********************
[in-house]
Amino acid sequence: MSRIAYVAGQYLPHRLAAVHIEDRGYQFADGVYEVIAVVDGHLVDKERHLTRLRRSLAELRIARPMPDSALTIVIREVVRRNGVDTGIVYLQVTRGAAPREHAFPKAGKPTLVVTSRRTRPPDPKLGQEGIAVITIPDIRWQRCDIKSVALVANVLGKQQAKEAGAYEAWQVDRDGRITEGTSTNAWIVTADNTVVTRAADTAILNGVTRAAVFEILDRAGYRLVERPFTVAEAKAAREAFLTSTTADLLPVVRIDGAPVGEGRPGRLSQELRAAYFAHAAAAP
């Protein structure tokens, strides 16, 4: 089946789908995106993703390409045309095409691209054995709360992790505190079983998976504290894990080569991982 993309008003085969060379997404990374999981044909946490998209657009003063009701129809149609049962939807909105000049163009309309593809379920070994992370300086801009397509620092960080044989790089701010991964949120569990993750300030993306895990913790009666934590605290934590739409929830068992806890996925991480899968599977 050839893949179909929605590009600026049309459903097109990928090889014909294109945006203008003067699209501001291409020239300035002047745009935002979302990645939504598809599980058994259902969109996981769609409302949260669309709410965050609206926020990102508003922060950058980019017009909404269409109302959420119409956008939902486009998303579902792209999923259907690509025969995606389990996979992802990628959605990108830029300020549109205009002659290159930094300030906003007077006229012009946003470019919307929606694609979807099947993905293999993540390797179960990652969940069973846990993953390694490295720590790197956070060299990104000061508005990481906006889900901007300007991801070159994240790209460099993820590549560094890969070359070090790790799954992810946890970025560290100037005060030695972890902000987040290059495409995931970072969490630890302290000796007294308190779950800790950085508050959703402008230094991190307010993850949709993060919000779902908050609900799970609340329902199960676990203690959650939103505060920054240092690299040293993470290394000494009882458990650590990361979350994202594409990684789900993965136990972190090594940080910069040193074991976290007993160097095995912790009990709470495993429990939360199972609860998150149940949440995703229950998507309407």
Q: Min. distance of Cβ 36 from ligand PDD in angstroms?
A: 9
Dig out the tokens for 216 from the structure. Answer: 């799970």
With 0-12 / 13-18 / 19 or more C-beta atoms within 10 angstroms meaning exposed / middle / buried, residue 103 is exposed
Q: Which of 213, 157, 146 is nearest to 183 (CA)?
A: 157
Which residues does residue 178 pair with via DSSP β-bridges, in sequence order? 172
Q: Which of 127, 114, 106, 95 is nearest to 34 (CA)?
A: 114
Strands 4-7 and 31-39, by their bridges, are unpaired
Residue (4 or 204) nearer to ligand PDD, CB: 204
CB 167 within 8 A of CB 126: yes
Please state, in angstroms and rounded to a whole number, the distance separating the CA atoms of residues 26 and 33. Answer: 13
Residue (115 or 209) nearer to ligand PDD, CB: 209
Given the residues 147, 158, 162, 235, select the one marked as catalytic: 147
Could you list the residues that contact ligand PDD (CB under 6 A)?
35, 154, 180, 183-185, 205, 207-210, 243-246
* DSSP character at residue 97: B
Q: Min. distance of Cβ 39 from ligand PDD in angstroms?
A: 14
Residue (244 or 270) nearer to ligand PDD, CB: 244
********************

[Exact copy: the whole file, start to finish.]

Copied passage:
[in-house]
Amino acid sequence: MSRIAYVAGQYLPHRLAAVHIEDRGYQFADGVYEVIAVVDGHLVDKERHLTRLRRSLAELRIARPMPDSALTIVIREVVRRNGVDTGIVYLQVTRGAAPREHAFPKAGKPTLVVTSRRTRPPDPKLGQEGIAVITIPDIRWQRCDIKSVALVANVLGKQQAKEAGAYEAWQVDRDGRITEGTSTNAWIVTADNTVVTRAADTAILNGVTRAAVFEILDRAGYRLVERPFTVAEAKAAREAFLTSTTADLLPVVRIDGAPVGEGRPGRLSQELRAAYFAHAAAAP
């Protein structure tokens, strides 16, 4: 089946789908995106993703390409045309095409691209054995709360992790505190079983998976504290894990080569991982 993309008003085969060379997404990374999981044909946490998209657009003063009701129809149609049962939807909105000049163009309309593809379920070994992370300086801009397509620092960080044989790089701010991964949120569990993750300030993306895990913790009666934590605290934590739409929830068992806890996925991480899968599977 050839893949179909929605590009600026049309459903097109990928090889014909294109945006203008003067699209501001291409020239300035002047745009935002979302990645939504598809599980058994259902969109996981769609409302949260669309709410965050609206926020990102508003922060950058980019017009909404269409109302959420119409956008939902486009998303579902792209999923259907690509025969995606389990996979992802990628959605990108830029300020549109205009002659290159930094300030906003007077006229012009946003470019919307929606694609979807099947993905293999993540390797179960990652969940069973846990993953390694490295720590790197956070060299990104000061508005990481906006889900901007300007991801070159994240790209460099993820590549560094890969070359070090790790799954992810946890970025560290100037005060030695972890902000987040290059495409995931970072969490630890302290000796007294308190779950800790950085508050959703402008230094991190307010993850949709993060919000779902908050609900799970609340329902199960676990203690959650939103505060920054240092690299040293993470290394000494009882458990650590990361979350994202594409990684789900993965136990972190090594940080910069040193074991976290007993160097095995912790009990709470495993429990939360199972609860998150149940949440995703229950998507309407």
Q: Min. distance of Cβ 36 from ligand PDD in angstroms?
A: 9
Dig out the tokens for 216 from the structure. Answer: 């799970």
With 0-12 / 13-18 / 19 or more C-beta atoms within 10 angstroms meaning exposed / middle / buried, residue 103 is exposed
Q: Which of 213, 157, 146 is nearest to 183 (CA)?
A: 157
Which residues does residue 178 pair with via DSSP β-bridges, in sequence order? 172
Q: Which of 127, 114, 106, 95 is nearest to 34 (CA)?
A: 114
Strands 4-7 and 31-39, by their bridges, are unpaired
Residue (4 or 204) nearer to ligand PDD, CB: 204
CB 167 within 8 A of CB 126: yes
Please state, in angstroms and rounded to a whole number, the distance separating the CA atoms of residues 26 and 33. Answer: 13
Residue (115 or 209) nearer to ligand PDD, CB: 209
Given the residues 147, 158, 162, 235, select the one marked as catalytic: 147
Could you list the residues that contact ligand PDD (CB under 6 A)?
35, 154, 180, 183-185, 205, 207-210, 243-246
* DSSP character at residue 97: B
Q: Min. distance of Cβ 39 from ligand PDD in angstroms?
A: 14
Residue (244 or 270) nearer to ligand PDD, CB: 244